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Fine food... off city centre

I avoid rice, khatta, heavy spices and things like dahi vada, but I am a food lover despite all that, and shaljam-gosht is my favourite dish.



Ghulam Ali relishing the fare on offer at Uppal Orchid's Bonitos restaurant in New Delhi. Photo: S. Arneja.

IF A sentence like, "Mujhe to bas simple ghar ki bani daal roti hi acchi lagti hai," comes from a simple man like Ghulam Ali, the famous ghazal singer from Pakistan, you are not surprised. For you immediately try to match his undemanding, unaffected demeanour with what he says on his food habits; the two go strikingly well together.

He is at Uppal's Orchid, on Delhi's outskirts with his wife, son Nazar Abbas and daughter Rabia, ready for lunch at Bonitos, its 24-hour world cuisine restaurant.

The singer, who prefers to be addressed as Khan Saab rather than `sir' has good reason to be here. Spread across 10.5 acres, of which 90 per cent is left for lawns, trees and flowering plants and only 10 per cent is built-up area, Uppal's Orchid prides itself on being India's first ecotel hotel. "This is quite far away from the airport, but for such a good place you have to make some sacrifices," says the maestro, applauding the vast area where a fresh breeze blows even in the scorching heat. Besides the usual delicacies, Executive Chef Devraj Haldar has prepared some exotic dishes for the celebrity guests from Pakistan.

The singer seems to believe that a part of success in life stems from eating what you like and letting the food fight it out inside, something that Mark Twain believed in too. Yet he has to take precautions, "Because of singing I have to avoid rice, khatta, heavy spices and things like dahi vada, but I am a food lover despite all that, aur shaljam-gosht meri pasandeeda dish hai," says Khan Saab, absorbing the ambience of Bonitos with its fort-like structure at the buffet spread. His vegetarian soup has arrived. "Is mein zyada mirchi to nahin hai na?" he asks. "No I have prepared it specially for you," Haldar assures.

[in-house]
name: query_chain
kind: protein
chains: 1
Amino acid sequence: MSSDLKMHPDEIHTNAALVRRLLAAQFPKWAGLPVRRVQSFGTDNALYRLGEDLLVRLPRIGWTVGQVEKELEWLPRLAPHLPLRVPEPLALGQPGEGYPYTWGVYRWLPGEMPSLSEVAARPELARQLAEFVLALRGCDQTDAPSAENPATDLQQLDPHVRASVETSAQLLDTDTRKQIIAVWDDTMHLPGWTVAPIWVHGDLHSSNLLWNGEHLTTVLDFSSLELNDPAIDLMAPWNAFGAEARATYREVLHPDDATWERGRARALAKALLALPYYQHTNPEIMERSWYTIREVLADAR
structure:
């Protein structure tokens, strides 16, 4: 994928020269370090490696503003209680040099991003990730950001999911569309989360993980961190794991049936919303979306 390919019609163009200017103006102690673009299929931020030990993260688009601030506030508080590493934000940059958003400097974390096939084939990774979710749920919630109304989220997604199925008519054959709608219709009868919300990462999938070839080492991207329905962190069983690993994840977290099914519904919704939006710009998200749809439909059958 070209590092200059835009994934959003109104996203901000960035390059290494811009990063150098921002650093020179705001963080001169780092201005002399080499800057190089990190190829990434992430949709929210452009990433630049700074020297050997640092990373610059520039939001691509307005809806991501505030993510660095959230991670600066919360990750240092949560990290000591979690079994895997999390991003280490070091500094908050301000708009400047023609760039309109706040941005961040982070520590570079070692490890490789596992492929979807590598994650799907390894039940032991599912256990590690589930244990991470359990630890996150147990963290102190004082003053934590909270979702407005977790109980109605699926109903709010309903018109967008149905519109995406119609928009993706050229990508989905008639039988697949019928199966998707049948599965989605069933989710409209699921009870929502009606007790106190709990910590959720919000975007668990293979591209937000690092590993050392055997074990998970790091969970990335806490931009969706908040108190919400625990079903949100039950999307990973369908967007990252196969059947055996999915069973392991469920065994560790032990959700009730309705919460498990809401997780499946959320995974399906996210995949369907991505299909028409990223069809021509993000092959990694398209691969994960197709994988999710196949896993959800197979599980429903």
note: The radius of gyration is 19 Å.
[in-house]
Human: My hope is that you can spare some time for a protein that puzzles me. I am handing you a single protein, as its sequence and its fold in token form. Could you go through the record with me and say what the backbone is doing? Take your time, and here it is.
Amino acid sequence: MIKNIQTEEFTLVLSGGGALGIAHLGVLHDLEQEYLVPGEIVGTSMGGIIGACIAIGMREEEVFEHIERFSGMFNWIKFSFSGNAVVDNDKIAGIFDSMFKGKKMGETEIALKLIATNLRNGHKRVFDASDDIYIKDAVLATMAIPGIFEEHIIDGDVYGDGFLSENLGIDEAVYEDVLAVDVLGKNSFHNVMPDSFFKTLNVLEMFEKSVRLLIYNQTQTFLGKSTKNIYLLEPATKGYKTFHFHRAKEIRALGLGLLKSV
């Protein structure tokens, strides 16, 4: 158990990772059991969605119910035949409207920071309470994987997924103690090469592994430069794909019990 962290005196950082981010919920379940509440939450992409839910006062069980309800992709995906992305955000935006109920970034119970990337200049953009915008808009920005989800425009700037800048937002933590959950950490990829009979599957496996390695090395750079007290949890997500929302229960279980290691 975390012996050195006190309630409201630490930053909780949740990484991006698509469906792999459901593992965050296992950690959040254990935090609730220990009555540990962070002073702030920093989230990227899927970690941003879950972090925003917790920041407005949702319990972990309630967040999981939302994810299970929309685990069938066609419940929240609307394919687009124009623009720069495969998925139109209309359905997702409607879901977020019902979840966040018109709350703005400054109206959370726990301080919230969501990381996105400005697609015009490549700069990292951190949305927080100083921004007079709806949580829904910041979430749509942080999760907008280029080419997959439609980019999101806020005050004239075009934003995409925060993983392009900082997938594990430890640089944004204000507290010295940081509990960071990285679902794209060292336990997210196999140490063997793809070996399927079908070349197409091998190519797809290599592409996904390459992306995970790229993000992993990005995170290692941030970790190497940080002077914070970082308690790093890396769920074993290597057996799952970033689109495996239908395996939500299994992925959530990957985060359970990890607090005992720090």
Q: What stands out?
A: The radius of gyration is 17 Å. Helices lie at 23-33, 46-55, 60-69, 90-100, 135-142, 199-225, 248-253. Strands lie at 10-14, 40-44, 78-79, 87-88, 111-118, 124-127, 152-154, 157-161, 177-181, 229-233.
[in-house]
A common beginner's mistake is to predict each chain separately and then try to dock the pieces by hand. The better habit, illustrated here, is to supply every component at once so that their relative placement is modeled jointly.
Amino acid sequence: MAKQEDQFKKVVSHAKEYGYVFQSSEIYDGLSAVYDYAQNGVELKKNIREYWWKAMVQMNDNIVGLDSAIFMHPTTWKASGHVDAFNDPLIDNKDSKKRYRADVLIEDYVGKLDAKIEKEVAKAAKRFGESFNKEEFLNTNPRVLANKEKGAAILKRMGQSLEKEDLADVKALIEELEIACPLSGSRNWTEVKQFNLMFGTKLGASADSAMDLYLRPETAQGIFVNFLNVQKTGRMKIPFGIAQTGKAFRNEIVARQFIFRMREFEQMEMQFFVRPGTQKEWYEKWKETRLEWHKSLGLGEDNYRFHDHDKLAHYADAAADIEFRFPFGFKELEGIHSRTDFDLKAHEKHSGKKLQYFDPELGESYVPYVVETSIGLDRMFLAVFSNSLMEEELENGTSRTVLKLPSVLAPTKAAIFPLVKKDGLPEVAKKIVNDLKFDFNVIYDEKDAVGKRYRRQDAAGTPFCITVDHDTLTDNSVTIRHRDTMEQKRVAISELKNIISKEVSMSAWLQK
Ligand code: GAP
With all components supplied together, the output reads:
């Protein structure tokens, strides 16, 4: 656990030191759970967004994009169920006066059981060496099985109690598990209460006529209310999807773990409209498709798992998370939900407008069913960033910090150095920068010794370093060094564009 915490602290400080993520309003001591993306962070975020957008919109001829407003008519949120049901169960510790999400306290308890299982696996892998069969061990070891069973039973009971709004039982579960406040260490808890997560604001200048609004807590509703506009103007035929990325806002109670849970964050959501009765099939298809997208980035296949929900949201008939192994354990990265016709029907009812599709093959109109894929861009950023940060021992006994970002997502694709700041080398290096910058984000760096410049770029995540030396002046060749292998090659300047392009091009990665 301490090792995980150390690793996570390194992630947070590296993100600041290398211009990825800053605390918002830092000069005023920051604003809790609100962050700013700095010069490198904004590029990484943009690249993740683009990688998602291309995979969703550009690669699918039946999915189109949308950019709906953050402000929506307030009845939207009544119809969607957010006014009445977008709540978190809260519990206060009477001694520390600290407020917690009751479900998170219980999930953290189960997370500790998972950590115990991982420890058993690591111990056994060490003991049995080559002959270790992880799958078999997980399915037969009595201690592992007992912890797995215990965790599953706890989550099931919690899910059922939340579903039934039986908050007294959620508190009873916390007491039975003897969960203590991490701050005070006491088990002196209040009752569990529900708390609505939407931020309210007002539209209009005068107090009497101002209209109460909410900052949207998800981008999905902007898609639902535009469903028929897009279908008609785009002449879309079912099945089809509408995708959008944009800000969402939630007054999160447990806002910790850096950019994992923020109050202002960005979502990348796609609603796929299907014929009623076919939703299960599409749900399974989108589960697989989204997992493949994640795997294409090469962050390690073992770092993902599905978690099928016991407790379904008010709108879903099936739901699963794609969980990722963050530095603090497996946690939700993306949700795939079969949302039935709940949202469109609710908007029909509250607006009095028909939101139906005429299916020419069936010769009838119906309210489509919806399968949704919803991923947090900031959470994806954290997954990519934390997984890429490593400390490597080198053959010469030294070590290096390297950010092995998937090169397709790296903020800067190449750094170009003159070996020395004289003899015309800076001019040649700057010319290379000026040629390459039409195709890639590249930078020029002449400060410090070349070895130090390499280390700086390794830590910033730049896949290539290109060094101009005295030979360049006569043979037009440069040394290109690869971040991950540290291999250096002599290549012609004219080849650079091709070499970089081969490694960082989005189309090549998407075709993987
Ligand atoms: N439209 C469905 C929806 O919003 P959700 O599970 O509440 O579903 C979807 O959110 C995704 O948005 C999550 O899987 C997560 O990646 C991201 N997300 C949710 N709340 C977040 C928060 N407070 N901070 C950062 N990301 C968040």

Eating makes the singer recall what the veteran musician Naushad taught him. "He used to tell me, first you sing and then eat, because singing makes your blood pressure go up. And one must take some rest after lunch. He would give me all such small tips. He loves me a lot you know," the singer smiles like a child recalling his favourite teacher!

The mood for food is set. Bonitos guys seem to know that music with supper is an insult both to the cook and the musician , or maybe they know that when a great singer is their guest, any kind of music would just not do. Hence, they play safe. There is no music at all! The singer now relishes chicken shaji, roasted chicken from the Frontier. Then there is Gawadar jhinga, barbecued prawns from the Gawadar region of Pakistan, besides chicken rogan josh, curried chicken from Kashmir, murgh Lahori kadhai, succulent sautéed chicken from Lahore and chapli kabab, which is lamb kabab braised in fat.

"It is very tasty. I did not want to eat, but I can't resist it now," says Khan Saab, as liberal with his praise as he is straightforward in rejecting food he dislikes. Bonitos is spared this side of his nature, but the maestro recounts an instance.

Once a friend invited him for dinner. "I was served karela chicken there. As I took a bite I found it was too bitter and there was too much water in it that spoiled the whole dish. I asked him, `Kis bevakoof ne ye banaya hai?' His wife who was standing next to me said, feebly, `I cooked it.' I answered, `Ye koi khana hai. Sab paani paani hai'. She was nice not to mind, and I couldn't help my straightforward nature," he recalls, while he orders dal gosht, a melange of lentil and lamb, home-style cookery from Pakistan, biryani and roti.

While the singer relishes it, one is forced to believe that if the food is good, the eater also ends up with good conversation . The maestro is all smiles after his meal. He murmurs, "Kuch to hawa bhi khushbhu liye hue hai..." And we know why!

RANA SIDDIQUI

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